Raphael Sbarge: I guess the simplest thing to say would be that it took me by surprise. I didn’t understand how enormous it was. People ask “How did you get [the role]?” and I auditioned for it. I went in and they picked me. I had worked for BioWare before doing “Star Wars: Republic Commandos” and “Knights of the Old Republic.” I played Carth Onasi in that, which is also a popular character, and Scorch in “Republic Commando.” So they knew me, but what they did for this game was clearly something different. When they first came in, they said to all the actors, “We don’t want to do just a screaming game, we want to do something more like an episode of ‘24.’ Something more filmic; something more real. So we’re going to create faces that are more like real faces.”

Once Upon a Time: Shadow of the Queen art by Mike Del Mundo

In doing that, they gave actors a wonderful opportunity to really step in and bring performances. And what’s interesting to me is that they created really complex relationships in the writing. In doing that, I’ve been told that “Mass Effect” is one of the first video games that really brought women in in a big way, because of these relationships and this particular character that I played, Kaiden Alenko, was a huge romantic interest for the lead character Shepherd for men and women. They were also able to evolve a way where you could do same-sex romances as well for various characters. But particularly the Kaiden Alenko character was a loyal, stand-up guy who also has this romantic side. The fellow who is the face model, Luciano Costa, is a staggeringly handsome fellow. He lives in Los Angeles and we went to lunch together. Great guy. Anyway, the fact is that it went from this little idea to this enormous, enormous community. At these conventions, “Once Upon a Time” is big. When I was in London recently, and in certain cities, it can really be 70/30 “Mass Effect.” The gaming community is enormous. The amount of N7 jackets that people wear, which is a reference to the game. It’s just huge—the passion and the commitment. Again, because the writing created a relationship where people really have emotional ties to these characters, when I meet them at the table they’re shaking and crying. “You have no idea how much this character means to me.”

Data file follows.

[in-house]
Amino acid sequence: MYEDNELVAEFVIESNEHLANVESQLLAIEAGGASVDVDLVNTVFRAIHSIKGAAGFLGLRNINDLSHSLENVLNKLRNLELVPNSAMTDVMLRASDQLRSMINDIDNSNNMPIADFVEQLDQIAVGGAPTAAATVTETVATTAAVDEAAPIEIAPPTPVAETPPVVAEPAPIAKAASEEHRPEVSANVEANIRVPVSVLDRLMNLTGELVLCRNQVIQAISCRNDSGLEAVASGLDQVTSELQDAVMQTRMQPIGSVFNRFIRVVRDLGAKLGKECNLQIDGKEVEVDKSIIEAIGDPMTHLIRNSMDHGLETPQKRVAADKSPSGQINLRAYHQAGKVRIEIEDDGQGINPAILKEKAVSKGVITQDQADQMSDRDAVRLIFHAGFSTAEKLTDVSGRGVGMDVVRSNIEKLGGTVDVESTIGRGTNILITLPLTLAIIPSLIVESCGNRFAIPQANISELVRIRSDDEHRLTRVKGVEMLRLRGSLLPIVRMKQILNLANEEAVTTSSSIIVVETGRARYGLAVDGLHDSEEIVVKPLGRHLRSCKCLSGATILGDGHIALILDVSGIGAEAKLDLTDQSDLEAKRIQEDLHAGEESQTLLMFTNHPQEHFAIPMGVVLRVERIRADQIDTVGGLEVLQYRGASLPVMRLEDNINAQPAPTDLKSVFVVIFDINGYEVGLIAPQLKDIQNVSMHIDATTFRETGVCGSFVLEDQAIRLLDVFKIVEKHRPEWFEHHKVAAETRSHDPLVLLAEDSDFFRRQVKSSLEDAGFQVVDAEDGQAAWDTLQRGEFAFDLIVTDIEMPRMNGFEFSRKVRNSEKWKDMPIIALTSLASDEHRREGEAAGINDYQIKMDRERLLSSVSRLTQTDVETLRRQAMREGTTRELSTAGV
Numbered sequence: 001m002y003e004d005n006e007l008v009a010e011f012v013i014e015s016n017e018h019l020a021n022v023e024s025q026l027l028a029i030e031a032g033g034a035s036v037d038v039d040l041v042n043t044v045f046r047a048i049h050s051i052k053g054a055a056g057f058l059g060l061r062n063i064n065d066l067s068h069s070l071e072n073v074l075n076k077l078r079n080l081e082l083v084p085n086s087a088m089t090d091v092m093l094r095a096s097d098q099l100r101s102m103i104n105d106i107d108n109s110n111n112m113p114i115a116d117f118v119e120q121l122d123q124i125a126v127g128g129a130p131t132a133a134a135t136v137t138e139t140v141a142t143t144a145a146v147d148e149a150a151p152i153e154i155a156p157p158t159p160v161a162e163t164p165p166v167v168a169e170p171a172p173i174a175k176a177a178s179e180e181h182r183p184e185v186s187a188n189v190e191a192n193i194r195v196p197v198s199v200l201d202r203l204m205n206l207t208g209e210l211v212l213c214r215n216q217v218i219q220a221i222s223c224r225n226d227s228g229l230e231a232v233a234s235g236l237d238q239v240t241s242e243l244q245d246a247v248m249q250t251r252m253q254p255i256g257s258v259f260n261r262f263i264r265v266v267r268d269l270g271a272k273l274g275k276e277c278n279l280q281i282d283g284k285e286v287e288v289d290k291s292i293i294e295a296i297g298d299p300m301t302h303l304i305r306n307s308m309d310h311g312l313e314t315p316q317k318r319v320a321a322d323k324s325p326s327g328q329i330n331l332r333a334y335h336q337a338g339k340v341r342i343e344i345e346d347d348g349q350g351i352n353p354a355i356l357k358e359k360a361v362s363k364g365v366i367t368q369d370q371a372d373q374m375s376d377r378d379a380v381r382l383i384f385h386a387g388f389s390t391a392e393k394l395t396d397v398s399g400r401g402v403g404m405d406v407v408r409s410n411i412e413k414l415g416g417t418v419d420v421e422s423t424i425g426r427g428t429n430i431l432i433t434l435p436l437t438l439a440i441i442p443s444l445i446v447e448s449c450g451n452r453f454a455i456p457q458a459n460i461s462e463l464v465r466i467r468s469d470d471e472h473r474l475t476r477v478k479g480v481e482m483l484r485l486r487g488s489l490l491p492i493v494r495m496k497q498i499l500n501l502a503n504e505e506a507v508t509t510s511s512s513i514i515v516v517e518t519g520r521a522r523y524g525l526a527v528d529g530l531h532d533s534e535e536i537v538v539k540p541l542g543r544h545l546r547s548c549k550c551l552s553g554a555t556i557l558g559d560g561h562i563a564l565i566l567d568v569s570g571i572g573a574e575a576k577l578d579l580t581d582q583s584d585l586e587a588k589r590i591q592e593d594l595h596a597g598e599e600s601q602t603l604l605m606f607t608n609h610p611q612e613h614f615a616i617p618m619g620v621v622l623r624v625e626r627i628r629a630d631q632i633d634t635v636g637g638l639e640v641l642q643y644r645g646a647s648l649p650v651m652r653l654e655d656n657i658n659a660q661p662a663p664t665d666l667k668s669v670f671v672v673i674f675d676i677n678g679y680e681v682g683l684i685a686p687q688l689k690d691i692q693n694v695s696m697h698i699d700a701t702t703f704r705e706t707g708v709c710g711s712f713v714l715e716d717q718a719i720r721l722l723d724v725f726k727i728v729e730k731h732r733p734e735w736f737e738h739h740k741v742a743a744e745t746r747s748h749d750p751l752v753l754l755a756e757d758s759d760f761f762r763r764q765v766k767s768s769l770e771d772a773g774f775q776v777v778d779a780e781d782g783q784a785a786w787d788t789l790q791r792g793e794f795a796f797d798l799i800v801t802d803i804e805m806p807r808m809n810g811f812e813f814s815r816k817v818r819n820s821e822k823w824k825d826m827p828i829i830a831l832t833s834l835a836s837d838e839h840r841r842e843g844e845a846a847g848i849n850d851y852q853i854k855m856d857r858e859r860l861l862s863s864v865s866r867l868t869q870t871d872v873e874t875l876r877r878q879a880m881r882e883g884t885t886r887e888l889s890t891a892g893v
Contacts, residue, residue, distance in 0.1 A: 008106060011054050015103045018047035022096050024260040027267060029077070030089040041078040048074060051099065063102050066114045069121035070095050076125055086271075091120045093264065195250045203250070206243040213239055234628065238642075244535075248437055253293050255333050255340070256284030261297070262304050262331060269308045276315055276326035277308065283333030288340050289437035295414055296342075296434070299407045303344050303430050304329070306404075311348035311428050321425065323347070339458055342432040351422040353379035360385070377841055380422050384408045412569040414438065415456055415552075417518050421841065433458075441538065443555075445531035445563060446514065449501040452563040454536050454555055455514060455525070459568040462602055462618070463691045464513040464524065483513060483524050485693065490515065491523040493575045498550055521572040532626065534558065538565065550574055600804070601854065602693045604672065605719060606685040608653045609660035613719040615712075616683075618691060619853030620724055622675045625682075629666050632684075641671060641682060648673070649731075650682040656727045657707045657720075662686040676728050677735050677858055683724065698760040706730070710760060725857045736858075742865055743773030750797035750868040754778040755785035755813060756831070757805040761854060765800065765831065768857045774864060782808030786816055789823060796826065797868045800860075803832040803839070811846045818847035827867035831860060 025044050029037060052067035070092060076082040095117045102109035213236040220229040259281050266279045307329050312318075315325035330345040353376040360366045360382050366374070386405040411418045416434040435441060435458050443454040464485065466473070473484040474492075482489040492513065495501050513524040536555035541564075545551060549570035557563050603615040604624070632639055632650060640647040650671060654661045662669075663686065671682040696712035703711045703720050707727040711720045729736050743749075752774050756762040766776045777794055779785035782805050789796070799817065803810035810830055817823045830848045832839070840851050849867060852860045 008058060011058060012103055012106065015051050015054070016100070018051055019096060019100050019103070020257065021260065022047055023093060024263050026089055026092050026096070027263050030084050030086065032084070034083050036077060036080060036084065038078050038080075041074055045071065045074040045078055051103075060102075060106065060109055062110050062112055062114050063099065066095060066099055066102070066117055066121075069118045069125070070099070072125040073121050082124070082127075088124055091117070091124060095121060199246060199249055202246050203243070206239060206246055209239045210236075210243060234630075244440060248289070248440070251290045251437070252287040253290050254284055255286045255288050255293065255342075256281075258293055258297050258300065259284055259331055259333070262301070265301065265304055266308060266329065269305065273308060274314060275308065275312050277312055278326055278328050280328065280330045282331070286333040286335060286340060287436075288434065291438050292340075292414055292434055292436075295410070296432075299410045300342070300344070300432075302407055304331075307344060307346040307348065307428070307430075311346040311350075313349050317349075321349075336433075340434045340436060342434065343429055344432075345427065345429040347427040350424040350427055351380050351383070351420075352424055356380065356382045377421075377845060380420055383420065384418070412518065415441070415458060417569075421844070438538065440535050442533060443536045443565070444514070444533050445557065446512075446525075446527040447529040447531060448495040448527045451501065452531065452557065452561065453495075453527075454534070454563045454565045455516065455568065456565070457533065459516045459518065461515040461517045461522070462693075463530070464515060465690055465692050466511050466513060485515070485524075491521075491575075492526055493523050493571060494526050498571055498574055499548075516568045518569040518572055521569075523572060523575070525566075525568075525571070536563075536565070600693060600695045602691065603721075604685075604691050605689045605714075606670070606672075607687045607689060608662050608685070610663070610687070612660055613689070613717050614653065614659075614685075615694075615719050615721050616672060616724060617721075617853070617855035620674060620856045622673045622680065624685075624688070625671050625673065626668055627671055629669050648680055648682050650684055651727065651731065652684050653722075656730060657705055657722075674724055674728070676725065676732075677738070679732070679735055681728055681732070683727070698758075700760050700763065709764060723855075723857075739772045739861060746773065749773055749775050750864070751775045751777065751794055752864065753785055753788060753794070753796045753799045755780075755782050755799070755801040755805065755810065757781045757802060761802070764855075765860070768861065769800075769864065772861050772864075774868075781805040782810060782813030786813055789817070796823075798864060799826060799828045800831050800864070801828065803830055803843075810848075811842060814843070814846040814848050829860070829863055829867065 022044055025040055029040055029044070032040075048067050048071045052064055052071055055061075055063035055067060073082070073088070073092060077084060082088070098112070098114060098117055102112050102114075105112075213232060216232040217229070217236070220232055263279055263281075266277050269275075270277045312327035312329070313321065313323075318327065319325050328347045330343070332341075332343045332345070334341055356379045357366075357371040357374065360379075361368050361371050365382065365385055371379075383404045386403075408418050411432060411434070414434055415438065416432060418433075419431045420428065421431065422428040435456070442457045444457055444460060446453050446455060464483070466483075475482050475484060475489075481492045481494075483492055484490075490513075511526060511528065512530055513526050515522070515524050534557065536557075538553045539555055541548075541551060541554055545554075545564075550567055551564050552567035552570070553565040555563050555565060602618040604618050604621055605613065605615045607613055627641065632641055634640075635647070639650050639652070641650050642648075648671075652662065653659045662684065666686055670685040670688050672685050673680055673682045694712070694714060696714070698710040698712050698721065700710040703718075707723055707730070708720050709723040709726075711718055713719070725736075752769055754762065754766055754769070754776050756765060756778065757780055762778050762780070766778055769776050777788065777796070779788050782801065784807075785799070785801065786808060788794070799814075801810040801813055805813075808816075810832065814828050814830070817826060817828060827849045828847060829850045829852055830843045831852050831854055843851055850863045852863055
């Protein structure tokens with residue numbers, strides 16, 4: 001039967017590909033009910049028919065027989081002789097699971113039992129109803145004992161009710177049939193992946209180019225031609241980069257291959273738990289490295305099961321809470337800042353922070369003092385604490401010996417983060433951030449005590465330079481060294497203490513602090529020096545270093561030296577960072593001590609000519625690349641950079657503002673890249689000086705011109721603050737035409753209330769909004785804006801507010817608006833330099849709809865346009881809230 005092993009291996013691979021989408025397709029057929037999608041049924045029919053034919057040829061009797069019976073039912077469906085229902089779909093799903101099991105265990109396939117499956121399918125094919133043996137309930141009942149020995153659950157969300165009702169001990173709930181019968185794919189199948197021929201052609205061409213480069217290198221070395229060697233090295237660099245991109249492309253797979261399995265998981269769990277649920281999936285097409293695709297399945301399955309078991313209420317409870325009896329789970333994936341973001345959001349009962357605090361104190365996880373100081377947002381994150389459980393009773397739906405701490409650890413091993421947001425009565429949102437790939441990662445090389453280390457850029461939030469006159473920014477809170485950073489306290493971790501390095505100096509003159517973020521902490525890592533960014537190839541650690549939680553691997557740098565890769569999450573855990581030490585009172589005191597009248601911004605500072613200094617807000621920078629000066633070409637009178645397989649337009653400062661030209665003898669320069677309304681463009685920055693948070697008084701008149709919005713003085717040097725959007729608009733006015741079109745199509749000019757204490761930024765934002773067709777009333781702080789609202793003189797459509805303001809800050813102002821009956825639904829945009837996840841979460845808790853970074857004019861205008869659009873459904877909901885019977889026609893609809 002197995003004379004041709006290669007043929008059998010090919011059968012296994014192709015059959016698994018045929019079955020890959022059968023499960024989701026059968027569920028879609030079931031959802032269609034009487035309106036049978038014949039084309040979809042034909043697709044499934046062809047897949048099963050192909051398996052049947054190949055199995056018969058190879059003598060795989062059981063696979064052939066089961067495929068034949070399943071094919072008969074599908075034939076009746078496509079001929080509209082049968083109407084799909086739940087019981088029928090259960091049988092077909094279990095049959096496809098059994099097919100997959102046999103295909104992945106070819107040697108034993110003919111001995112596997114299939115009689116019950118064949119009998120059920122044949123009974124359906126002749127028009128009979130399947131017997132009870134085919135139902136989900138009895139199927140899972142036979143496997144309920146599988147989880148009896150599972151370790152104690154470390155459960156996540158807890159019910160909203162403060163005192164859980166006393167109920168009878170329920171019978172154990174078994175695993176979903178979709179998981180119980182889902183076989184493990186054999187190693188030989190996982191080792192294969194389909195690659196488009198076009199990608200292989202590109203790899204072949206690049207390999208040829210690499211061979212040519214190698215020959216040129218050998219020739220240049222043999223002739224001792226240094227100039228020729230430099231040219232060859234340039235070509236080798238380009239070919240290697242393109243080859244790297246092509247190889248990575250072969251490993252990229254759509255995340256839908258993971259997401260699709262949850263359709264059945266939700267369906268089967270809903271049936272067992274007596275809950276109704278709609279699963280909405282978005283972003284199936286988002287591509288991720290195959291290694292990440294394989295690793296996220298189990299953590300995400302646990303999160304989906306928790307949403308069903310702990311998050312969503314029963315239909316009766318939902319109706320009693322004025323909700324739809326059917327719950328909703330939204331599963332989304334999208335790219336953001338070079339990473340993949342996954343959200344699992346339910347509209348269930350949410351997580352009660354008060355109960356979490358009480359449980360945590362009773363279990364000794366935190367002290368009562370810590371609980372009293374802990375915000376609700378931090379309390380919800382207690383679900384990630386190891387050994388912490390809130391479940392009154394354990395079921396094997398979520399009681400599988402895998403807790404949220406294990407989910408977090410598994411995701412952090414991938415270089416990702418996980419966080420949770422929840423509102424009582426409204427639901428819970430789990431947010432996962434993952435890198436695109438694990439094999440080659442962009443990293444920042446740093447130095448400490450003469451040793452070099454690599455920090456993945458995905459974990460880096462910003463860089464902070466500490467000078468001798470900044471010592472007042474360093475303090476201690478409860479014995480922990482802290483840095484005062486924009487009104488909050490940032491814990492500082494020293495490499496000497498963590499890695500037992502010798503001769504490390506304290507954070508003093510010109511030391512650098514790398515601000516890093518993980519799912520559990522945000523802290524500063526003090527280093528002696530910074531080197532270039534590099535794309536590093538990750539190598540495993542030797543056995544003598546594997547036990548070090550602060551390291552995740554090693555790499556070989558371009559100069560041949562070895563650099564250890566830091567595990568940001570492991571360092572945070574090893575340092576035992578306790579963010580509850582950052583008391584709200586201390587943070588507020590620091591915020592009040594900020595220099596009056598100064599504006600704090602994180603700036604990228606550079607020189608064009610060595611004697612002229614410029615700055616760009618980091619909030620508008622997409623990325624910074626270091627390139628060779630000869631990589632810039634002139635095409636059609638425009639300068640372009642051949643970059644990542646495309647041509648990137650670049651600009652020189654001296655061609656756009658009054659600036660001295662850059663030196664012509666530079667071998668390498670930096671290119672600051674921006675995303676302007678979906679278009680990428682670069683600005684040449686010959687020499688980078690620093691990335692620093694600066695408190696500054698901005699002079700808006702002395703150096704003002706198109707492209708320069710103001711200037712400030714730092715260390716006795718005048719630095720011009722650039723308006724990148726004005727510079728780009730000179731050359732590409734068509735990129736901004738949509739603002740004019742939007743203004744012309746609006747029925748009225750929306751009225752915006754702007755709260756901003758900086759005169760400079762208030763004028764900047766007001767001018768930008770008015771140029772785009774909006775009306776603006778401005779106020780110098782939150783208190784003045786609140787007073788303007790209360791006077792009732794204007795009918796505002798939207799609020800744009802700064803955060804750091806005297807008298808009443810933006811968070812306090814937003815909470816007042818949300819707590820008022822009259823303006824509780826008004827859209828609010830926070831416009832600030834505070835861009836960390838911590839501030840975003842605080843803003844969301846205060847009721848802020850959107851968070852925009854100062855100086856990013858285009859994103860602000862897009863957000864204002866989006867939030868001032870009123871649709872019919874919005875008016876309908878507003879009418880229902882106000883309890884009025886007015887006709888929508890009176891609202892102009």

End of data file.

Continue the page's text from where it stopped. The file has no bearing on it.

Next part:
In game two, there is a letter written. Kaiden kind of steps out of “Mass Effect” for a bit and takes a back seat. But there was a letter that was written and never read. So some fans wrote and said, “Would you mind reading this letter?” So I recorded the letter and slipped it out. The letter found its way out very quickly, and I didn’t know how BioWare would respond to it but they saw it very quickly and they got behind it. It went completely viral. I started getting cards and e-mails from all over the world. These incredible and long statements of how much it meant to them and this one woman, she said that she had to sneak out to the gas station to listen to it and squeal because she had to leave her husband at home. She had this romance with this character. Another woman had written me and said that her son had recently committed suicide and that the game had been the only way that she could make it through because she could live in this world and being in that alternate reality was the only way she could keep herself together and how much it meant to her. These games have a lot of palliative effects and also really powerfully connect to their fans. And to be with a company like BioWare, which is essentially the kind of AAA player, I’m really grateful. It’s an amazing experience.

Once Upon a Time: Shadow of the Queen art by Mike Del Mundo

Marvel.com: What about your kids? Have they played the game?

Raphael Sbarge: I think they really liked “Once Upon a Time.” It’s funny because friends of theirs will go, “Oh my god, your dad!” and they’ll go, “So? What?” [Laughs]. To them, it’s just what I do. There’s a funny story, a couple of years ago when I dropped my son off at a preschool. The preschool teacher said—my son’s name is Jango—she said, “Jango, your dad looks familiar. What does he do?” and he said, “Um, he auditions” [Laughs]. Because that’s what actors do. He always saw me going to auditions. “Oh, honey, I have to go out for an audition” [Laughs].

Marvel.com: How can fans reach you?

Raphael Sbarge: Folks can find me at @RaphaelSbarge which is my verified account on Twitter. There is my Facebook fan page, of course. GreenWish.com is where you can find out more about it if you’re interested in starting a chapter or you’re interested in donating, there’s a donate now button there. There’s a huge educational component to Green Wish which I won’t get into now. You you can go to www.onbegleystreet.com and on Twitter you can find me and I’ll have updates about that. Then, in terms of what’s coming up, I just did a pilot for Stephen Bochco on TNT, called “Murder in the First.” I’ll know within the next week or so. Taye Diggs and Kathleen Robertson are in it and Tom Felton from Harry Potter. I’ve got my fingers, eyes and toes crossed. We’ll hear soon. I hear encouraging things. I’ll know more about that very soon.